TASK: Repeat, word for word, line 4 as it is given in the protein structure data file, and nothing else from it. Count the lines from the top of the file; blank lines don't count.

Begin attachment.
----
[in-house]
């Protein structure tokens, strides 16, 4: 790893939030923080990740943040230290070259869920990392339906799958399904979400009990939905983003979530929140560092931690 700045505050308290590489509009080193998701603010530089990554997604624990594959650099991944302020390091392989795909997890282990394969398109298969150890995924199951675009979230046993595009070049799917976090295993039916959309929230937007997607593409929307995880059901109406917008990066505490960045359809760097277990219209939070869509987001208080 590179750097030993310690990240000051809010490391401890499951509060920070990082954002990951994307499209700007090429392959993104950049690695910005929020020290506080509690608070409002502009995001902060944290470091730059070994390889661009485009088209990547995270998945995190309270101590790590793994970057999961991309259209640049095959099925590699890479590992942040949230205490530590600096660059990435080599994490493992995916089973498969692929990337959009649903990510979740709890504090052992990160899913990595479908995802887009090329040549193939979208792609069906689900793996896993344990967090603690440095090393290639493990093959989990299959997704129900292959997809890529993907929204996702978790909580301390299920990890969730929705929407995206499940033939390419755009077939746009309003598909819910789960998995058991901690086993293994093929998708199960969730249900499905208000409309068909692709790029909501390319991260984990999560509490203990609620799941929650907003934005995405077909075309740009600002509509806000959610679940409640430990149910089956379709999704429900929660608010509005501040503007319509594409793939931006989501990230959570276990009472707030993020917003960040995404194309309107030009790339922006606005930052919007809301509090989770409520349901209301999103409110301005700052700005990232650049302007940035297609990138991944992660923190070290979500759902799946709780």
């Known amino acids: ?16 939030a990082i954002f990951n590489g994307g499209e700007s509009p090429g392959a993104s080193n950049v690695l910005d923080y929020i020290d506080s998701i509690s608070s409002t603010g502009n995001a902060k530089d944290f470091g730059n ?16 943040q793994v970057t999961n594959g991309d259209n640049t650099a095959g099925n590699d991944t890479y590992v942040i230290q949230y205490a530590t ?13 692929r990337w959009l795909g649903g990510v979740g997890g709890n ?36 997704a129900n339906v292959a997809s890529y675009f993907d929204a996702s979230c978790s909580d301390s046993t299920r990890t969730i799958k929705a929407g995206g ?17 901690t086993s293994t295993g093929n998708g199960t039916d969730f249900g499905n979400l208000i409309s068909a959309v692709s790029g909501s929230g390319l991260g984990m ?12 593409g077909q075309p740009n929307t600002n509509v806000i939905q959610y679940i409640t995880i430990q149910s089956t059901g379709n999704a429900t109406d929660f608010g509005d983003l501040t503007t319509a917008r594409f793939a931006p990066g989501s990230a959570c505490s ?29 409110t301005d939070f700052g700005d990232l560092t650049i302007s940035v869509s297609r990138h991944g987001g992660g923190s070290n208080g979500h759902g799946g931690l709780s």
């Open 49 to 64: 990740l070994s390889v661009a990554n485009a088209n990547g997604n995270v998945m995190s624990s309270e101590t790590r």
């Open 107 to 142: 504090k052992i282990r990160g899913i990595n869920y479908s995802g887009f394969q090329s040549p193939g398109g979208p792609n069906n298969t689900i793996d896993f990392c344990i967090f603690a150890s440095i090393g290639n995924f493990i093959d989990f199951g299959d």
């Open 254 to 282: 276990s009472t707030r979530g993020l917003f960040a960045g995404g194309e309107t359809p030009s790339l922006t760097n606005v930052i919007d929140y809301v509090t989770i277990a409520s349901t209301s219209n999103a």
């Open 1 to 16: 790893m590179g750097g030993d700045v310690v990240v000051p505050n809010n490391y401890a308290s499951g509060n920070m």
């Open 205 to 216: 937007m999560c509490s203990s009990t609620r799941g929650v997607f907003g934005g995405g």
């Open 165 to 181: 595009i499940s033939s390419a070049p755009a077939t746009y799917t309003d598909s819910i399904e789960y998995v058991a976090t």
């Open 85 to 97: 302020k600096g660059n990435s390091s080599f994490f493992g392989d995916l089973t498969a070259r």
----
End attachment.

């Open 49 to 64: 990740l070994s390889v661009a990554n485009a088209n990547g997604n995270v998945m995190s624990s309270e101590t790590r």